The IM-2 Moon mission will carry a blend of science and art

Intuitive Machines’ next lunar lander will carry three MIT-designed payloads whose inspirations include science fiction and the Voyager Golden Record.
By | Published: March 29, 2024

After becoming the first commercial operator to land a spacecraft on the Moon last month, Intuitive Machines is preparing its follow-up mission, IM-2, for launch later this year. Aboard the craft will be several NASA payloads, including a drill and mass spectrometer that will study the lunar South Pole region. There will also be a rover called the Mobile Autonomous Prospecting Platform (MAPP), built by Colorado company Lunar Outpost.

But three other projects from the MIT Media Lab will catch a ride to the Moon, too.

The MIT Media Lab is famous for interdisciplinary approach to technology, melding technology and human culture — and the projects that its Space Exploration Initiative has built for IM-2 reflect that. Upon landing, a sci-fi inspired helper robot will crawl around the rover, checking its temperature. A camera mounted to the MAPP rover will take the first digital 3-D images of the Moon’s surface. And the Media Lab has also prepared a successor to Voyager 1’s Golden Record, which carried recordings of sounds from Earth; this smaller silicon version will bring a symbolic record of people’s thoughts about space exploration to the Moon.

“We work with students who are scientists, researchers, engineers, artists, musicians — kind of across the board, thinking more about bringing all of humanity and culture and everything into space so that it’s somewhere we want to live, and think about how we can bring those technologies back to Earth and benefit from them,” says Cody Paige, director of the Space Exploration Initiative.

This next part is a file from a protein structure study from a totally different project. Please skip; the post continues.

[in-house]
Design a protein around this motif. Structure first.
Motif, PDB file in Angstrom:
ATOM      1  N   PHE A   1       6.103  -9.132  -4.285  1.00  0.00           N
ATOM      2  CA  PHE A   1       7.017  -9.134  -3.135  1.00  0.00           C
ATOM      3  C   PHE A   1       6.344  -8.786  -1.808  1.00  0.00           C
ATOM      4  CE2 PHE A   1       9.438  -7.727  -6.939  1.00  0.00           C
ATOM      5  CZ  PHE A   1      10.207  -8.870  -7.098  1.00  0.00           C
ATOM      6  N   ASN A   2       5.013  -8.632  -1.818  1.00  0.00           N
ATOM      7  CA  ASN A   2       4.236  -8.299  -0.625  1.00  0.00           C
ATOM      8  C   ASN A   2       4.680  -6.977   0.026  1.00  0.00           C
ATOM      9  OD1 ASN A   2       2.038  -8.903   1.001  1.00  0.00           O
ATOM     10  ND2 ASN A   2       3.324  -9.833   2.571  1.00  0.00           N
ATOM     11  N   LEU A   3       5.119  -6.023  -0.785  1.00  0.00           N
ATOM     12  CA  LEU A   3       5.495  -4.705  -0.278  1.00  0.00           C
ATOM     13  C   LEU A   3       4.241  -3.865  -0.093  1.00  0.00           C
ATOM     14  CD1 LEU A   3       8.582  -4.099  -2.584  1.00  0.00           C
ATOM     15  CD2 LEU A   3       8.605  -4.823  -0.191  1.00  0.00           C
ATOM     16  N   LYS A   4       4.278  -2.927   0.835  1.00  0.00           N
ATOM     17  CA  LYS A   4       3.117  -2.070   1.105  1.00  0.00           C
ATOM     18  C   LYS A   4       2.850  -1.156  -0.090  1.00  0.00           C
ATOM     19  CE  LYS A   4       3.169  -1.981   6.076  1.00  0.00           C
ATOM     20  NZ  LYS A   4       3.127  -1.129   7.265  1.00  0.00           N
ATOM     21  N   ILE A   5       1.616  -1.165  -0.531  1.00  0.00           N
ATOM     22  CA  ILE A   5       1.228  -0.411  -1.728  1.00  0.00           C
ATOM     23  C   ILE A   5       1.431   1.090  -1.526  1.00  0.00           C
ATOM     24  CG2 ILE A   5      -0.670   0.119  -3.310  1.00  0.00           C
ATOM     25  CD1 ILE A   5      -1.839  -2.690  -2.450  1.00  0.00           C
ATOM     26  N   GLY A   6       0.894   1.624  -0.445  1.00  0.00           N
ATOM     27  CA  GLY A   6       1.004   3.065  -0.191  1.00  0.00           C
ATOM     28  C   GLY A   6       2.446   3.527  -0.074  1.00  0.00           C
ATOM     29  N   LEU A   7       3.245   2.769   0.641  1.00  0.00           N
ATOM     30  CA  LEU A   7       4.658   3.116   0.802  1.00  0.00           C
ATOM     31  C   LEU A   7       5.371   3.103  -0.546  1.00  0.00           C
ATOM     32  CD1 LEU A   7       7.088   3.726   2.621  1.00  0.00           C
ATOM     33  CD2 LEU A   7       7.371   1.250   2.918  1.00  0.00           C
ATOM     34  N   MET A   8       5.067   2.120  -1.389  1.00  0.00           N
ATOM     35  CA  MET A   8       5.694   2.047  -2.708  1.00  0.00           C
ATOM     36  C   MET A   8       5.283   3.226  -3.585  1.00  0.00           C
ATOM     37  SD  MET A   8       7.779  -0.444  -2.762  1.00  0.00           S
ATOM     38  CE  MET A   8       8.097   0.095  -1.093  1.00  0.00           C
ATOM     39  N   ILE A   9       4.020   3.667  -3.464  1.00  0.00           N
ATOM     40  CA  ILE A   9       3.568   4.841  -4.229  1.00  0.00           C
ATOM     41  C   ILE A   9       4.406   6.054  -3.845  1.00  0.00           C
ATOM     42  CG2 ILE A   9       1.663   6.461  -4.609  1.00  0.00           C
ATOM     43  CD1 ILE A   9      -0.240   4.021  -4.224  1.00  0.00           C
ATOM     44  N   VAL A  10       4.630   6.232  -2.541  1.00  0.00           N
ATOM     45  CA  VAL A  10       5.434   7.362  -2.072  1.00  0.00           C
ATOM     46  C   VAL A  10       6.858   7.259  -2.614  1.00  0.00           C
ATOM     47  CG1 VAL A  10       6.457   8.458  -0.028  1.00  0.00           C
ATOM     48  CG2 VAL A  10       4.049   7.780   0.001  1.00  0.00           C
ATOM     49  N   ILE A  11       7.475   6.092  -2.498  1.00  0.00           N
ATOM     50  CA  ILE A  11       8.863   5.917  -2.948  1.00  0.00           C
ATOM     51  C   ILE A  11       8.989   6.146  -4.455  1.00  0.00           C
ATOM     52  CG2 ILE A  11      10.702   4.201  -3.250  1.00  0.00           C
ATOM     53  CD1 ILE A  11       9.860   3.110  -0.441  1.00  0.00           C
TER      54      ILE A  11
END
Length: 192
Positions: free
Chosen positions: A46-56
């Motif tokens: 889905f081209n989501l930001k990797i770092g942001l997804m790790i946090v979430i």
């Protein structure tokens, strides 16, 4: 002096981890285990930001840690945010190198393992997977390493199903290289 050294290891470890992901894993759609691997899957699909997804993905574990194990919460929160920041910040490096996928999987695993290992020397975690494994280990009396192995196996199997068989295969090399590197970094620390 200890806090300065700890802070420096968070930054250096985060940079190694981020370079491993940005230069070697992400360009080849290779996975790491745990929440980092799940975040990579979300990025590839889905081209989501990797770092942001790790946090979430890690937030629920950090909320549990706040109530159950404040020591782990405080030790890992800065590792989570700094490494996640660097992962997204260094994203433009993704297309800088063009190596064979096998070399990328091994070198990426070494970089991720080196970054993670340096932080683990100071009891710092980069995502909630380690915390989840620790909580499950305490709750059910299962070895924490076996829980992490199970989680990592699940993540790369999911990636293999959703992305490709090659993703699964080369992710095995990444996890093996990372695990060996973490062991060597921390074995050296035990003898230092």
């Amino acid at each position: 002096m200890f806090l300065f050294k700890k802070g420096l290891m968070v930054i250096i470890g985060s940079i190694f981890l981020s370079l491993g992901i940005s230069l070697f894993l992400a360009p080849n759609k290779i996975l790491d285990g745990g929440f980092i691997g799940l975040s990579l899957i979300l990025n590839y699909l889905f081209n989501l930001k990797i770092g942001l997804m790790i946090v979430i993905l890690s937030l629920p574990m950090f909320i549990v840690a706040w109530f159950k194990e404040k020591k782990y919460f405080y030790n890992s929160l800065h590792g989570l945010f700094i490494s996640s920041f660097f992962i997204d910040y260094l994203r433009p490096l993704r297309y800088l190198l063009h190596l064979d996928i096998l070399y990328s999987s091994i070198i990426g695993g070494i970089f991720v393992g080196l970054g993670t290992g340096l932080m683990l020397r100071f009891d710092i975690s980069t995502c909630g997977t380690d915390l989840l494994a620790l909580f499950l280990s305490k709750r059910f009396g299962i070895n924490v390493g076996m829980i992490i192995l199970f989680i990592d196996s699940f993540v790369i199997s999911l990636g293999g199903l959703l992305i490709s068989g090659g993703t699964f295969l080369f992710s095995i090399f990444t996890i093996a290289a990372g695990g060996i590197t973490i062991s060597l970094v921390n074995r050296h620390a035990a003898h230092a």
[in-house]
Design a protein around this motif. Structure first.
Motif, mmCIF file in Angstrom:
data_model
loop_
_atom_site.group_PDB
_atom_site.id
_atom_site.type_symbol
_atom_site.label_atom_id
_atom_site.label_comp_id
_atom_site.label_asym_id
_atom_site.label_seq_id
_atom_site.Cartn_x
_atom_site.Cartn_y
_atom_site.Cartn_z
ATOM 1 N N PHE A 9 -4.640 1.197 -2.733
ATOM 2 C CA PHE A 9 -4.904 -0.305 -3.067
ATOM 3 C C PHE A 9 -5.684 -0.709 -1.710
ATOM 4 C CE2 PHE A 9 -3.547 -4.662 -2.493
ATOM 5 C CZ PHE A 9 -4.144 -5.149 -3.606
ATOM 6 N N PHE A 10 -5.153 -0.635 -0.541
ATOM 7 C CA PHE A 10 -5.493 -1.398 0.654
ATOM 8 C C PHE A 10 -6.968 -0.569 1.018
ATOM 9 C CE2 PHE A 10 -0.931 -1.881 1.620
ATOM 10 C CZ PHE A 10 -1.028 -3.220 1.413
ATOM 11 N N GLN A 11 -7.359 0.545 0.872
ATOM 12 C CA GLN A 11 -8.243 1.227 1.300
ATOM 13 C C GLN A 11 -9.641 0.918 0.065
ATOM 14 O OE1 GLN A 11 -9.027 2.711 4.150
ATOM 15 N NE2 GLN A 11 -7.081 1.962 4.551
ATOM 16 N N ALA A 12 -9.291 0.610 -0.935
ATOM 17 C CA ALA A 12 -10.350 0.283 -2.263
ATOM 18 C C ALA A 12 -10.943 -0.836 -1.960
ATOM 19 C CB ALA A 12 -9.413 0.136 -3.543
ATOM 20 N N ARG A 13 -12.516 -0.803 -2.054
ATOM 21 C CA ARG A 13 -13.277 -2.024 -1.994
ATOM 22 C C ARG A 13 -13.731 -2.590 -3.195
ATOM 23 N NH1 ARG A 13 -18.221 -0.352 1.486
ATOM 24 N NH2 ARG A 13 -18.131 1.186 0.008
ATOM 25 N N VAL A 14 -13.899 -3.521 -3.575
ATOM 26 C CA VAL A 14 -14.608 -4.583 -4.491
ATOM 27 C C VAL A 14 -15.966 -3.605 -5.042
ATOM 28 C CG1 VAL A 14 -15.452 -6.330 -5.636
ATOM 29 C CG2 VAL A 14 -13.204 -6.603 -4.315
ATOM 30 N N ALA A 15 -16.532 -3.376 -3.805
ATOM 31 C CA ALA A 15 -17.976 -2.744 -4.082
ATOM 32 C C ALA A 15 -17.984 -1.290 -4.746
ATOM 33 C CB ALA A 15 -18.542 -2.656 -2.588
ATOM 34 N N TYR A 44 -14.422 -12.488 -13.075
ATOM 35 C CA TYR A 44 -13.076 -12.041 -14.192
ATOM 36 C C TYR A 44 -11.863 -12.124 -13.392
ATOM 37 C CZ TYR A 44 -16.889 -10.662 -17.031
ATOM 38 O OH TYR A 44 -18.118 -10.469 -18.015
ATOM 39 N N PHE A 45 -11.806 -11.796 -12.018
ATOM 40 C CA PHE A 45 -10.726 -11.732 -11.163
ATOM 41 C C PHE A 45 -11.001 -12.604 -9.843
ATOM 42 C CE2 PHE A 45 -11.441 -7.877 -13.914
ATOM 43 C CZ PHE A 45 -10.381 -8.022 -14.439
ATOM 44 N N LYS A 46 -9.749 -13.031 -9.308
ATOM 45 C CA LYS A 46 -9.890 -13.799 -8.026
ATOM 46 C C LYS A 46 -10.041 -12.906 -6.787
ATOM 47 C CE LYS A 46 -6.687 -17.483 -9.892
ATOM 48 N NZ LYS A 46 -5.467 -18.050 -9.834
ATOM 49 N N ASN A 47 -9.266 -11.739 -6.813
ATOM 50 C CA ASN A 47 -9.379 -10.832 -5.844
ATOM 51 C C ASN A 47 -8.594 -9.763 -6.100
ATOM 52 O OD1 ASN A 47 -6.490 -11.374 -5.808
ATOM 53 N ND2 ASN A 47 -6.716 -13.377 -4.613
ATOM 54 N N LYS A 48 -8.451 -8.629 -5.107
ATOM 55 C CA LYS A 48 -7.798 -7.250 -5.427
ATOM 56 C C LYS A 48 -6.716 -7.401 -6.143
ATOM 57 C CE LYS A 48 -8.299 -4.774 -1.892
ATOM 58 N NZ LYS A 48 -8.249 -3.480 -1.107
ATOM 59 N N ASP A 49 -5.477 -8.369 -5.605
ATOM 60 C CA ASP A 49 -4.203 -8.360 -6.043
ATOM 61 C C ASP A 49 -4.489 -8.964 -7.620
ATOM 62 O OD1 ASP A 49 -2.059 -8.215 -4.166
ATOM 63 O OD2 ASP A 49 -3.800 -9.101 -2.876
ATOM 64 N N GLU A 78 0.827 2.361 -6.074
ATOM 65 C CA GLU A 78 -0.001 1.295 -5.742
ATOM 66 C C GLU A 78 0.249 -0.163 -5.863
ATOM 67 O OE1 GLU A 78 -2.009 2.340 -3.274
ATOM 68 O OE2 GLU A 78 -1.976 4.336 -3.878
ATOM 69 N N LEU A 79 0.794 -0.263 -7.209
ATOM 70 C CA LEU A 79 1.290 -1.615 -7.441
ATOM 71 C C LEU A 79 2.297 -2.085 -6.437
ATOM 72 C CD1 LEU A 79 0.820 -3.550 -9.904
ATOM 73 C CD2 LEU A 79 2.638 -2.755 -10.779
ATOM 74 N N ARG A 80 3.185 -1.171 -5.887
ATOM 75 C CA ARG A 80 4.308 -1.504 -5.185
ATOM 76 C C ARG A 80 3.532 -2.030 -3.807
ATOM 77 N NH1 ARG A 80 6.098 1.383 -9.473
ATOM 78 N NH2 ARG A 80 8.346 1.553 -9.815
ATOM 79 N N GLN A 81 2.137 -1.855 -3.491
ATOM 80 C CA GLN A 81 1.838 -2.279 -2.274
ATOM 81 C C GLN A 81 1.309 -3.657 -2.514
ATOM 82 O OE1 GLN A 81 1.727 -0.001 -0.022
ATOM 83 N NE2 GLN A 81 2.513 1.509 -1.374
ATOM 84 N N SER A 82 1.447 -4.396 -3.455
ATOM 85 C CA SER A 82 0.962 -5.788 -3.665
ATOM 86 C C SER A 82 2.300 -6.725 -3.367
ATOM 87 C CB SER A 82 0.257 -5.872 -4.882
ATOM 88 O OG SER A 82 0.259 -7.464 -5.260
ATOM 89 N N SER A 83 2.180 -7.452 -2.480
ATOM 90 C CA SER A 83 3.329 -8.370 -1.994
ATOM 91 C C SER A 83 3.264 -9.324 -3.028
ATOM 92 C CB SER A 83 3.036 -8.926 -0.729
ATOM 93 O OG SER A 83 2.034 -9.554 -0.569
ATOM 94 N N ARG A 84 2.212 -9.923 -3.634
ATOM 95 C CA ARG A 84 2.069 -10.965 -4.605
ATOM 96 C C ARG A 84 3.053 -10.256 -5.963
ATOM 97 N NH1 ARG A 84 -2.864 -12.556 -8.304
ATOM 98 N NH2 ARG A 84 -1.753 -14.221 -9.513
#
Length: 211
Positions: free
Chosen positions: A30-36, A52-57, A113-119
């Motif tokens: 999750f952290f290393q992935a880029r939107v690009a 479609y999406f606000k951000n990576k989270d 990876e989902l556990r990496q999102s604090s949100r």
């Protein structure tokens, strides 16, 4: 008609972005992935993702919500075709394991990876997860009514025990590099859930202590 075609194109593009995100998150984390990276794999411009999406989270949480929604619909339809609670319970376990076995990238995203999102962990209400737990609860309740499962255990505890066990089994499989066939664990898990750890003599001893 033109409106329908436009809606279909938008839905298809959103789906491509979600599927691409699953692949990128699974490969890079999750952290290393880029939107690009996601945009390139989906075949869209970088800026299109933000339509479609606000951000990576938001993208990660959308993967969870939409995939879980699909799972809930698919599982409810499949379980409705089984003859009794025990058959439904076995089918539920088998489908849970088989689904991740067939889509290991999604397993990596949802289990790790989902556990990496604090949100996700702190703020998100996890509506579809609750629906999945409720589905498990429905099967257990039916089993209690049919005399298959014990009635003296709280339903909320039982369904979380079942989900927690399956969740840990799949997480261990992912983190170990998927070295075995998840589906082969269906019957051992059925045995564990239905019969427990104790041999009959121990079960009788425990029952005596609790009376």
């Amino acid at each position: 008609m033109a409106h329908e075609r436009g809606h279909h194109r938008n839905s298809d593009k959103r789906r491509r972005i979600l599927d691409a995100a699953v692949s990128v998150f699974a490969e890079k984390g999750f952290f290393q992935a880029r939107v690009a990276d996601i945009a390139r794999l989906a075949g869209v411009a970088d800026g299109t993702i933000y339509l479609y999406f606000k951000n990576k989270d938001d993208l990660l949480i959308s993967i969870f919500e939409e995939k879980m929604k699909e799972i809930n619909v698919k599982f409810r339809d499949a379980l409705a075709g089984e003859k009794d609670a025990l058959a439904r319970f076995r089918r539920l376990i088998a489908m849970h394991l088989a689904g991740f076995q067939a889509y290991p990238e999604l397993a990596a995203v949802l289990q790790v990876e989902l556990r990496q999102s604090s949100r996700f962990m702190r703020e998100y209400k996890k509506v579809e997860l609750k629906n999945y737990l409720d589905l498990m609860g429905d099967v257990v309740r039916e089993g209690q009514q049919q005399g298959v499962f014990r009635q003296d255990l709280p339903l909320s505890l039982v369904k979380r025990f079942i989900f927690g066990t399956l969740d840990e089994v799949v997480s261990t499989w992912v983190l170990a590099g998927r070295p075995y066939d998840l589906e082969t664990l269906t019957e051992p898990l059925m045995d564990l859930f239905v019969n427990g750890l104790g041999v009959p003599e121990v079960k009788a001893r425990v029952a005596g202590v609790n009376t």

The tiny but mighty AstroAnt 

The AstroAnt is pictured here next to its “garage.” Credit: Lunar Outpost 2023

At just over an inch (3 cm) across, the AstroAnt is a robot small enough to fit in the palm of your hand. But it has a big mission —  to monitor the health of the MAPP rover by taking its temperature.

The Moon is known for its extreme temperature swings from unbearable heat to freezing cold. Sunlit areas can reach 250 degrees Fahrenheit (121 degrees Celsius) near the lunar equator. But in places like crater floors near the Moon’s poles that are permanently in shadow, temperatures can drop to a frigid –410 F (–246 C).

“You want to make sure that all of your active heating or active cooling [systems on the rover] are working the way they’re supposed to and that you’re not getting hotspots, say, on the surface of the rover where you wouldn’t be expecting to have them,” says Paige.

AstroAnt won’t touch the lunar surface — instead, like R2-D2 in Star Wars, it will ride along on the larger vehicle and roam across it. The AstroAnt’s four wheels are magnetic, allowing it to stick to the top of the rover, where the MAPP’s radiator is located. The AstroAnt also has a small metal box, dubbed the “garage,” that acts as a charging station. The robot can run for a few hours before it needs to be recharged.

The AstroAnt is capable of rolling on different surfaces, staying attached with its magnetic wheels. Credit: Fangzheng Liu